School closures are premature...or too late
Mar 01, 2012 | 12019 views | 0 0 comments | 334 334 recommendations | email to a friend | print
The Department of Education's plan to close 33 schools across the city seems, at face value, short-sighted.

No one would argue that some of the city's high schools are in drastic need of improvement. Graduation rates at many of the schools hover around 50 percent, which is unacceptable. But the city needs to focus on why those schools perform so poorly, and then give the schools the resources and tools to achieve, not just paint them with a broad brush stroke and label them as "failing."

First, this sends the wrong message to parents and teachers, but more importantly the students. While the intended message is that the school and the system are failing our children, the unintended message is that the students themselves are failing and beyond redemption, with the only solution being to blow up the entire system and start from scratch.

Last time we checked, that's not the mission of the Department of Education. It's to give students and teachers the tools and resources to succeed, not simply abandon the city's current high school students because they are beyond help.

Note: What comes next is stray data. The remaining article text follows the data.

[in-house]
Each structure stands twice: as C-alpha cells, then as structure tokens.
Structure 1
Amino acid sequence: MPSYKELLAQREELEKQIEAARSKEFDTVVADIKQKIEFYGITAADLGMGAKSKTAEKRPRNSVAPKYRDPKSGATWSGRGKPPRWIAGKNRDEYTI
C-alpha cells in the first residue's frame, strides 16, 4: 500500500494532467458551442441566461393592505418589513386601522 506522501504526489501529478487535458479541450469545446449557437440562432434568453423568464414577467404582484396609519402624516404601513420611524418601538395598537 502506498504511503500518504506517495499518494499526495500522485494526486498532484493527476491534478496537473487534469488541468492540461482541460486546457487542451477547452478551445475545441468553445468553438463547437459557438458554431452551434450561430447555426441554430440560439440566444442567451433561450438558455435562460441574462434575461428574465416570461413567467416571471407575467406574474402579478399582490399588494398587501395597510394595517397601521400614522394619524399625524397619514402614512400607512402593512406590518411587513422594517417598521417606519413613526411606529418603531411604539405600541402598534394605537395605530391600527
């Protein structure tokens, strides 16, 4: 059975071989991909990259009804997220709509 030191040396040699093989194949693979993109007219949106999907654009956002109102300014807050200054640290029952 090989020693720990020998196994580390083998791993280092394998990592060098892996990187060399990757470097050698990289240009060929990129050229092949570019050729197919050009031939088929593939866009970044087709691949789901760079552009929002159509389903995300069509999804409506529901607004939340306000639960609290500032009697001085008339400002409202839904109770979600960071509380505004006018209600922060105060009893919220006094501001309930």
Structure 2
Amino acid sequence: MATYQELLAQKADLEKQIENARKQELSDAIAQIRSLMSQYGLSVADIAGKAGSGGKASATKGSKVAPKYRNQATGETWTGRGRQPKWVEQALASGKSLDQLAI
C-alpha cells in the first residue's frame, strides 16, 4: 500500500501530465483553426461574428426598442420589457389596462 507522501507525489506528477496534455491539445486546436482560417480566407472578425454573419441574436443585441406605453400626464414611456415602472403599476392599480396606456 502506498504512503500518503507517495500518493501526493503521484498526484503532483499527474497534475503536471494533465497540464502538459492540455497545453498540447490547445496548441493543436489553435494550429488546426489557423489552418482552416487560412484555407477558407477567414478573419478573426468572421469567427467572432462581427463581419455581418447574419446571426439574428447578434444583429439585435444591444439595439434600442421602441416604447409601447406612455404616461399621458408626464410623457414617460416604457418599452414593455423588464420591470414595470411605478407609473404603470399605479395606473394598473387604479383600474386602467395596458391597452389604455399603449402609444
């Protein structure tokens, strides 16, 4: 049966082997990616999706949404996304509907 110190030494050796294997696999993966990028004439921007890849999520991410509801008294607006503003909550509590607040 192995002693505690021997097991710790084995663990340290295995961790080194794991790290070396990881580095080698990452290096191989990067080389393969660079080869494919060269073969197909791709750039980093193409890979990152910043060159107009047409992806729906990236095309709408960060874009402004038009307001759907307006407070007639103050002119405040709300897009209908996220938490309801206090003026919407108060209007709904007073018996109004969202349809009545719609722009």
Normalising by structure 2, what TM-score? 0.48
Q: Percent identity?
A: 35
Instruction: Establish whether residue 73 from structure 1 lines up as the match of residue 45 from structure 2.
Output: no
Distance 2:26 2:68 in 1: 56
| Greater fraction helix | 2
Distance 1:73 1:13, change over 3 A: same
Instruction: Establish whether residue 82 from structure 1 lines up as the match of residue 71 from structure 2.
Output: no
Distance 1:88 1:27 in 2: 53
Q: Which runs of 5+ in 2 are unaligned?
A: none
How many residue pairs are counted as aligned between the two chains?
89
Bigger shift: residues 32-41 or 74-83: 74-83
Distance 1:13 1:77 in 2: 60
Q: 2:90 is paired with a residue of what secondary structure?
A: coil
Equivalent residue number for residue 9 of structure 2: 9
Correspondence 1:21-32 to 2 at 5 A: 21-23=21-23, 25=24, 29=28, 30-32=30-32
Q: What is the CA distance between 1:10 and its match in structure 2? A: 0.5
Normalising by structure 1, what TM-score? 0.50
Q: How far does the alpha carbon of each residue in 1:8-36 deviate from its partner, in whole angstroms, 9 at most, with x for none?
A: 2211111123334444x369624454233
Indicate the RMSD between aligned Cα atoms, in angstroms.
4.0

We're sure that's not the DOE's intent, but that is the way it looks when the city announces it will be closing "failing" schools, each of which that serves thousands and thousands of students.

We have spoken to a lot of people who have reached middle age and rave about the education they received in the New York City public school system, and yes, some of them even attended the large "failing" high schools the city is now considering closing.

What's changed since then? Does the system all of a sudden not work, or has the system over the years refused to subtly adapt to changes in society and education?

We think the latter, and we don't think it's necessarily too late to try.

The city's reasons for closing the schools and replacing them with several smaller high schools make sense. Smaller class sizes means more attention paid to each student. If that's the case, why isn't it that approach being tried out in the current schools?

And isn't this the same Bloomberg Administration that pleaded with the state for control of the city's schools, replacing the Board of Education with the Department of Education? That was almost a decade ago, so if these schools are failing, who's technically to blame for that?

Perhaps there are very valid reasons why entire school communities needs to be scrapped and new ones built from scratch. No one is advocating for poorly performing schools. But if there are valid reasons, the city and this administration are failing at making those reasons clear, and instead look like headstrong bullies intent on getting their way.

That approach may have served Mayor Michael Bloomberg well in other areas during his time in office, but when it comes to educating people's children, it's not the best approach to take.
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